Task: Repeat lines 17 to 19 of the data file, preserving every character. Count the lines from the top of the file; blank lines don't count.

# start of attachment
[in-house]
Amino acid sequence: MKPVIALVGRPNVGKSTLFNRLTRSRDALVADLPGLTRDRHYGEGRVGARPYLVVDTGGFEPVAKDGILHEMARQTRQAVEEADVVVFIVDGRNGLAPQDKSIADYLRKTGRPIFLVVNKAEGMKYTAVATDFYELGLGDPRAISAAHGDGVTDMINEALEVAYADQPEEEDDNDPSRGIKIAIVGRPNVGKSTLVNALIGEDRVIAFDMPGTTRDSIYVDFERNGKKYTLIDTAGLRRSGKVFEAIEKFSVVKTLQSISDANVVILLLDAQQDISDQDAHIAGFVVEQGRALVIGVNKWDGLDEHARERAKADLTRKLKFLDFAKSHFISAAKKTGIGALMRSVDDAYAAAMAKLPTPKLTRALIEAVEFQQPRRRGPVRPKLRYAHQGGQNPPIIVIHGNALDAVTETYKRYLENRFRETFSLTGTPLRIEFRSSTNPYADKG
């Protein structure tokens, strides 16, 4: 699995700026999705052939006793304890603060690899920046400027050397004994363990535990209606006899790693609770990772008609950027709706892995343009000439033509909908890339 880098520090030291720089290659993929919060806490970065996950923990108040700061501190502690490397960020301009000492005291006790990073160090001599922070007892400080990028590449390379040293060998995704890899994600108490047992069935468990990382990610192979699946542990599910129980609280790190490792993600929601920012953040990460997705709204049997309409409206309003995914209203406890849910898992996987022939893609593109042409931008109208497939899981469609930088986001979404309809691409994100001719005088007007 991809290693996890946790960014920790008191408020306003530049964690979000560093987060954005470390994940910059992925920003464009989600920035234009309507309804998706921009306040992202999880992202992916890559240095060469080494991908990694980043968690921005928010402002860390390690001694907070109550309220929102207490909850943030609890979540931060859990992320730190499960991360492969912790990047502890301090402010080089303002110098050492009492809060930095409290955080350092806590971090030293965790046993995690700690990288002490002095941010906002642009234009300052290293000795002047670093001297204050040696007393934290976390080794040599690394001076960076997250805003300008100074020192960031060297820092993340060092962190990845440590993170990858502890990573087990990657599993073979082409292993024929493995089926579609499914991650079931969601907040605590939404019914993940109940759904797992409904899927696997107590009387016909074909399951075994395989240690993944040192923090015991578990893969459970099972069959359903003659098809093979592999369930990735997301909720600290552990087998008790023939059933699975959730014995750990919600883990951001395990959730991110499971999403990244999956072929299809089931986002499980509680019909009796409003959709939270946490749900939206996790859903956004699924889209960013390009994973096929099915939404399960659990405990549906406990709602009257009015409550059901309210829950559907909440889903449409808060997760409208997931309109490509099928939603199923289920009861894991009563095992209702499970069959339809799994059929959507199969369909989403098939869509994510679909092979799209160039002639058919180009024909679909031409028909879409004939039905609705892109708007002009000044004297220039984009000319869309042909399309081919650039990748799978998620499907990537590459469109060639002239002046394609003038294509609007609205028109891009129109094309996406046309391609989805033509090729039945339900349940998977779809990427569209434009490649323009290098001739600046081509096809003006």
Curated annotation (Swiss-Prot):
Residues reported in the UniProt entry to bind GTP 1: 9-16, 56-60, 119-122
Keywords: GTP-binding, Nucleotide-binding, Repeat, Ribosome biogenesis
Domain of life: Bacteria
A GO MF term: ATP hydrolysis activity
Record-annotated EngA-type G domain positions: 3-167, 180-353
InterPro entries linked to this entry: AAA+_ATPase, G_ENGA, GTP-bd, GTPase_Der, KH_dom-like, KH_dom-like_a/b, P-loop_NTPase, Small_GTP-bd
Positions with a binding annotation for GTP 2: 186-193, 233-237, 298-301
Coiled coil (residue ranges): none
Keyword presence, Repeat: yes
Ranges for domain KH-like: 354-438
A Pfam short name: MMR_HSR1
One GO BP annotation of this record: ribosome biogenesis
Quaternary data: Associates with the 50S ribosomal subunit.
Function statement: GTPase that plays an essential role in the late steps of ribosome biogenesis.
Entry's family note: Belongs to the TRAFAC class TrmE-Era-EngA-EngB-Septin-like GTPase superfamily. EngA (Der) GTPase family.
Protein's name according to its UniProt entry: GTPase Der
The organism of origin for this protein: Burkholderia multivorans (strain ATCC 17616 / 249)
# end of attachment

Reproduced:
Quaternary data: Associates with the 50S ribosomal subunit.
Function statement: GTPase that plays an essential role in the late steps of ribosome biogenesis.
Entry's family note: Belongs to the TRAFAC class TrmE-Era-EngA-EngB-Septin-like GTPase superfamily. EngA (Der) GTPase family.